The fall of 1910 found Coyen and Martha Jane settled in their new home at Stewart. Martha Jane was 63. Coyen was 25. He would be getting his Kentucky School Teachers certificate in the very near future. The fall of 1913 he was hired to teach grades one through eight at the Upper Caney School in Stewart, Ky. . He was excited to have a. dream come true. He had noticed a beautiful young lady. She had caught his attention in a special way. She was the seventeen year old daughter of Jack and Nan Stewart. He saw her often as she helped her father with the post office and general store. They wasted no time. They fell in love. Family would meet Coyen Saturday morning, Feb. 13, 1914, where the road crossed the creek just below the house. She jumped up on the horse behind him and they rode to the Wilson Newsome house on Lizzie Fork of Caney Creek. There they were married by a preacher named A.N. Horn, as recorded in book # 44, page # 135, file # 10424, at the Pike County Court House, Pikeville, Ky.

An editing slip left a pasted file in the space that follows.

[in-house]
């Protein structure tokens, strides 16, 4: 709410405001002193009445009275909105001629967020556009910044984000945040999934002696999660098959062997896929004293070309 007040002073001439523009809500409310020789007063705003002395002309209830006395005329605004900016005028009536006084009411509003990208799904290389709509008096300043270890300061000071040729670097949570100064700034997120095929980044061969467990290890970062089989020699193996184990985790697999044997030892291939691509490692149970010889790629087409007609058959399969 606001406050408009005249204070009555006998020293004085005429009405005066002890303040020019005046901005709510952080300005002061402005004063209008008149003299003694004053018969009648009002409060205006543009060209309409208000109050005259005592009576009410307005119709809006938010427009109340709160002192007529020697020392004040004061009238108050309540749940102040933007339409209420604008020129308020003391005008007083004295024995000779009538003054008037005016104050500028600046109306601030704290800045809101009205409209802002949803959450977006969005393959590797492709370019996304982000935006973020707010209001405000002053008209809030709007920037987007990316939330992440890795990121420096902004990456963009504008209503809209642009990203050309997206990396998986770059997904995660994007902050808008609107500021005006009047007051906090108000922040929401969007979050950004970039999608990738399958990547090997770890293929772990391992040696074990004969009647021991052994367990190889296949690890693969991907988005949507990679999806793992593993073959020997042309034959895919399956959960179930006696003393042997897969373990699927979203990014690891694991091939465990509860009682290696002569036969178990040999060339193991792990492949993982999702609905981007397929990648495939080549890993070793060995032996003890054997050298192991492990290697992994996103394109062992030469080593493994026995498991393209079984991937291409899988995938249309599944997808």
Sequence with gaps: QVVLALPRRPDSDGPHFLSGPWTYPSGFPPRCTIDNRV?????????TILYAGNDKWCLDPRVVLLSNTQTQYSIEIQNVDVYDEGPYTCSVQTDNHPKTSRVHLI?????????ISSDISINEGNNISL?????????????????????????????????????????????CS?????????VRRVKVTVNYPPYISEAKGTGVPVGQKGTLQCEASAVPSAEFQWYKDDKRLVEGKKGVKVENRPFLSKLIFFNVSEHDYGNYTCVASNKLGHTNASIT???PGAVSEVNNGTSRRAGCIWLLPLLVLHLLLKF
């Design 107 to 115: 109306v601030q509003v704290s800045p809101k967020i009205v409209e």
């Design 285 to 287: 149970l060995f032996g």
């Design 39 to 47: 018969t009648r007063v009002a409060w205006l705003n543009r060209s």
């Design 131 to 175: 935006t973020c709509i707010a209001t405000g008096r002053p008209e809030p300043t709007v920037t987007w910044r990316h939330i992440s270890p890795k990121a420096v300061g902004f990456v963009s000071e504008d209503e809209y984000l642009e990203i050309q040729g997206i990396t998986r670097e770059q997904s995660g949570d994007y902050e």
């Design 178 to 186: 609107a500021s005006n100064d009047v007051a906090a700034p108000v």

Thanks to my brother Cecil Thornton Ledford, his wife Mary "Williamson' Ledford, his daughter Maple "Ledford" Stewart, and her husband Tom Stewart. All now living in Jacksonville, Florida. Also, my oldest sister Edna "Ledford" Younce and her husband Theodore Roosevelt Younce. Who are both now in Heaven, For their contribution to a condensed version of the LEDFORD GENERATIONS story. Also, a book-- written by John Egerton, GENERATIONS-AN American Family. This book was very helpful. The -stories and dates of the Ledford Great Grandfathers back- to- when they came to America in 1738 are in this book- It helped us tie together other information we had that could not have been tied together without the book.
    The condensed Ledford story and the little truck were written and nailed together by Thom&-, Coyen Ledford. Thomas now lives with his wife Ruth Ann "Francisco" Ledford in South Point, Ohio. I am now working on Chapter Two of the Ledford generations. It will be called, THE LEDFORDS OF STEWART, KENTUCKY.